Back to Ganoksin | FAQ | Contact

Rose gold solder and cadmium


#1

I am considering using Rose gold in some of my jewellery pieces

I was creating a 14 kt Pink Gold order with Rio Grande and could not
find any Pink (Rose) gold solder. Note that Rio calls their Rose Gold

  • Pink Gold

Rio has a note on their website stating that they do not stock Rose
Gold solder because it contains cadmium.

Link to Rio Grande comment on Rose Gold Solder

One of Rio’s suggestions is to use yellow gold solder sparingly and
hope that the yellow solder colour does not show much

This is could be a reasonable answer for me as I will be working
primarily with 16 and 18 Ga rose gold wire, so the solder seams will
be very small.

Does anyone know of sources of 14 kt Rose Gold solder that do not
contain cadmium

Alternatively, any suggestions on how to get around this problem

Regards
Milt


#2

Hello Milt

David H. Fell & Co. Inc. stocks red solder sheet in all karats and
repair solder as well. Please see our website,
http://www.ganoksin.com/gnkurl/ep827e and call for a quote.

Thank You
Ken Babayan
dhfco.com


#3
Does anyone know of sources of 14 kt Rose Gold solder that do not
contain cadmium 

It turns out to be quite difficult to make a solder that retains the
rose gold color because you’re starting with a high copper alloy, and
needing to then add something to lower the melting point. The things
you’d add, like zinc, silver, cadmium, all rather quickly bleach out
the rose color, leaving it a yellow gold color instead of rose.
Cadmium is used because it does this less, perhaps because it doesn’t
take as much to lower the melting point enough. Even so, the rose
gold solders I’ve seen are all “hard” solders. They tend to be
somewhat “sludgy” to flow, and not that easy to use. Even they don’t
have perfect color match. Perhaps the best solution is to use another
technology, like a pulse arc or laser welder, since then you weld
with the same alloy you’re working with. But those are not
inexpensive options. The other way is to cast your items in one piece
so they don’t require soldering. Or place the joints such that the
color difference from just using yellow gold solders, but used
carefully so as little as possible is used, is not that visible. If
you work neatly so the solder stays in the tightly fitted clean
joints, and the seams are set so as to be at a fold or crease or
something, instead of just a line right across an otherwise flat
surface, then you may find the color differences not objectionable.
You might also try some of the easy white gold solders. I’ve found
that sometimes the colorless white solder lines are less obvious than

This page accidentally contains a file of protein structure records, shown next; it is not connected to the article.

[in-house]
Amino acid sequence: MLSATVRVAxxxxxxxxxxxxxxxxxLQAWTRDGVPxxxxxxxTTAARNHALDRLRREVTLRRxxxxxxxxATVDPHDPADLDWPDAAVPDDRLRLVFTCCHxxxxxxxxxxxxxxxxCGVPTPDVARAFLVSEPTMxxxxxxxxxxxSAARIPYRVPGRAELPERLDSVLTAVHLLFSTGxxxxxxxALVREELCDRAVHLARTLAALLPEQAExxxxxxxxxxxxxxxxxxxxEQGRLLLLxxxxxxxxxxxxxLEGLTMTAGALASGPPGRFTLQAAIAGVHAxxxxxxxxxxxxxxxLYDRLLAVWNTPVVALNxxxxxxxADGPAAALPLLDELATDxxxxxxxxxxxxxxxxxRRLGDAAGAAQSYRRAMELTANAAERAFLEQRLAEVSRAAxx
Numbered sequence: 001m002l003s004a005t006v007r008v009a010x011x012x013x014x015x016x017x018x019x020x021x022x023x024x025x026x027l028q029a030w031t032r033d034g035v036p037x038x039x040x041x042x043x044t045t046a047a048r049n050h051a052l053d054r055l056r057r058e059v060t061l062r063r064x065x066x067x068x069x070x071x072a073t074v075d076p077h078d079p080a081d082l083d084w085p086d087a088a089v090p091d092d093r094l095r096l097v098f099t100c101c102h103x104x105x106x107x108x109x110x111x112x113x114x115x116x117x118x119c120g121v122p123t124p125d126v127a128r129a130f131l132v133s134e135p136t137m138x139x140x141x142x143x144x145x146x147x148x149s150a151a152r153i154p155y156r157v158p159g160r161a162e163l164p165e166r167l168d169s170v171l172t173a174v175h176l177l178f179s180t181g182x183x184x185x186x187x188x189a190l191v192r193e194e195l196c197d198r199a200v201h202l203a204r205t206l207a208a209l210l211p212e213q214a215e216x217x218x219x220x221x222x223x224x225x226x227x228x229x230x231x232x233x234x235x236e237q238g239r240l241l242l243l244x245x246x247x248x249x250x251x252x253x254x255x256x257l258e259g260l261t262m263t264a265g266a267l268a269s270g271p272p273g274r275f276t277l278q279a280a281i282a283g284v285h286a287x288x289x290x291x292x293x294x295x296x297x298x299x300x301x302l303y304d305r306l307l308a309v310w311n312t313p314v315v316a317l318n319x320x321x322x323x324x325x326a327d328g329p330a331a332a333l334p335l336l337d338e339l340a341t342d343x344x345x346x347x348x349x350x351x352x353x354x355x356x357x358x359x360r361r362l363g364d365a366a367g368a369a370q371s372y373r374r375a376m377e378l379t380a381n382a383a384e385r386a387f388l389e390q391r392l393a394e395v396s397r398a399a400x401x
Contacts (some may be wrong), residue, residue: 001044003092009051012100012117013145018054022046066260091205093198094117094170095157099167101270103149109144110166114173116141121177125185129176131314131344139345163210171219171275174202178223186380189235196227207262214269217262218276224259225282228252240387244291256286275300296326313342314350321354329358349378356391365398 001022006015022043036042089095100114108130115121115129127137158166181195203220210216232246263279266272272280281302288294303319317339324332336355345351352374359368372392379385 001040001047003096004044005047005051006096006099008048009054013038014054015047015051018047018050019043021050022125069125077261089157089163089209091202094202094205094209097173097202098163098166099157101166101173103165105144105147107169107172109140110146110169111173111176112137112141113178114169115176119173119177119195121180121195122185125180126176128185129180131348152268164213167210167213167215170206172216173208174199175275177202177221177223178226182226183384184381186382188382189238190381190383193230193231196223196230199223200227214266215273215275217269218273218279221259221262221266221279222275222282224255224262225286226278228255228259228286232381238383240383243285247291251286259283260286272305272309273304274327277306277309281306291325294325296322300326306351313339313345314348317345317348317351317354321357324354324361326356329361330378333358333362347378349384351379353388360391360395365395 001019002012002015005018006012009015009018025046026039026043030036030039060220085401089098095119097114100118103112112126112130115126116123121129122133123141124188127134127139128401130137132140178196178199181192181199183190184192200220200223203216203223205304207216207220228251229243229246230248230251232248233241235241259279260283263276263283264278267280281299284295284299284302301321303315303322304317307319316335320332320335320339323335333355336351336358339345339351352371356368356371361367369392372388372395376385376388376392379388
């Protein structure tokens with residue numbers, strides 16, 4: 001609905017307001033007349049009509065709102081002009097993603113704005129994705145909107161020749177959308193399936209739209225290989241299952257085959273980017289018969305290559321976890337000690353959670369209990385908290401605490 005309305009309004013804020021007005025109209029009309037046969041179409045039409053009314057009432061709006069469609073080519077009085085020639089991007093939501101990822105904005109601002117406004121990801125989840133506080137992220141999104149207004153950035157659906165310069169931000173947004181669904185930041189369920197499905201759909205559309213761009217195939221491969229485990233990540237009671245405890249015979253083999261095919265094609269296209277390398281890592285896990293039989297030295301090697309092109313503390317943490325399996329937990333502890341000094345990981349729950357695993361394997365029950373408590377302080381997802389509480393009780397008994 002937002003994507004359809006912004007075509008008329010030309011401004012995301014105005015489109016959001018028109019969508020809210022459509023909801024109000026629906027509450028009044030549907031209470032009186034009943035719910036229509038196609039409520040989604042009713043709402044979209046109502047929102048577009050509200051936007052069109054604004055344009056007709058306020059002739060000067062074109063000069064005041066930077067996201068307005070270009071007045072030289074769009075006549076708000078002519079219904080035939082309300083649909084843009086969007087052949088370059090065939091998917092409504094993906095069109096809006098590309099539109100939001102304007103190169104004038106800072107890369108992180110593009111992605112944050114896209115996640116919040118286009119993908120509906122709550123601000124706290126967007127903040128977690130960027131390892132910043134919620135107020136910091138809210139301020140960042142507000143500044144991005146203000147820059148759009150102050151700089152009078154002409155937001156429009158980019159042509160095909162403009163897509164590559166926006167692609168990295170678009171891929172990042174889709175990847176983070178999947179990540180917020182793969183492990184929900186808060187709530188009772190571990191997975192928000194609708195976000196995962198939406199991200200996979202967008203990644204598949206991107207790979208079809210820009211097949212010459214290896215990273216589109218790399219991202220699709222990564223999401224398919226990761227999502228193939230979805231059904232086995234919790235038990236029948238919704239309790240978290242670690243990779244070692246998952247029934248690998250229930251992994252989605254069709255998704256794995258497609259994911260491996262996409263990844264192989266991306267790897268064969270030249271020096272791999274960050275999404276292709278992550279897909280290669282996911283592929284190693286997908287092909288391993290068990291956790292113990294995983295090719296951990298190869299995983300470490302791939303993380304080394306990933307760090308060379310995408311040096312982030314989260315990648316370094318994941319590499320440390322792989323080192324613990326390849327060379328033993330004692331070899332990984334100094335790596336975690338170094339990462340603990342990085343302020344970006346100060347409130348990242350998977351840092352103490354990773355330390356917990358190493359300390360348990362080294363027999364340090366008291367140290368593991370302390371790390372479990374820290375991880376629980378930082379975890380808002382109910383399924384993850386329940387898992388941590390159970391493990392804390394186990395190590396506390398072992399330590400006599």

the brighter yellow colors from yellow gold solders, especially with
18K. It varies with solder types though. Some are very white, and
those show up, while the ones that are not as bright white color can
be an acceptable color against the rose.


#4
Does anyone know of sources of 14 kt Rose Gold solder that do not
contain cadmium 

It turns out to be quite difficult to make a solder that retains the
rose gold color because you’re starting with a high copper alloy, and
needing to then add something to lower the melting point. The things
you’d add, like zinc, silver, cadmium, all rather quickly bleach out
the rose color, leaving it a yellow gold color instead of rose.
Cadmium is used because it does this less, perhaps because it doesn’t
take as much to lower the melting point enough. Even so, the rose
gold solders I’ve seen are all “hard” solders. They tend to be
somewhat “sludgy” to flow, and not that easy to use. Even they don’t
have perfect color match. Perhaps the best solution is to use another
technology, like a pulse arc or laser welder, since then you weld
with the same alloy you’re working with. But those are not
inexpensive options. The other way is to cast your items in one piece
so they don’t require soldering. Or place the joints such that the
color difference from just using yellow gold solders, but used
carefully so as little as possible is used, is not that visible. If
you work neatly so the solder stays in the tightly fitted clean
joints, and the seams are set so as to be at a fold or crease or
something, instead of just a line right across an otherwise flat
surface, then you may find the color differences not objectionable.
You might also try some of the easy white gold solders. I’ve found
that sometimes the colorless white solder lines are less obvious than
the brighter yellow colors from yellow gold solders, especially with
18K. It varies with solder types though. Some are very white, and
those show up, while the ones that are not as bright white color can
be an acceptable color against the rose.


#5

Peter

Thank you for you detailed explanation about the reasons that
cadmium is used in rose gold solders and your suggestions on
alternatives to avoid using rose gold solders

I am planning to utilize the rose gold in filigree work, where the
frames are made of rose gold, but the filigree filler wire is fine
silver, hence casting is not an alternative for me.

Also I do not have access to laser or pulse arc welders, so I think
my best option is to use yellow gold solder sparingly and have small
clean joints.

However, I did do a bit of a web search and found that Otto Frei has
a pink/rose gold high copper content hard solder which they say is
cadmium free.

Do you know anything about this solder. Does it flow well and does
it maintain its pink colour?

http://www.ganoksin.com/gnkurl/ep827f

Thanks in advance
Milt
Calgary, Canada


#6

Hi Ken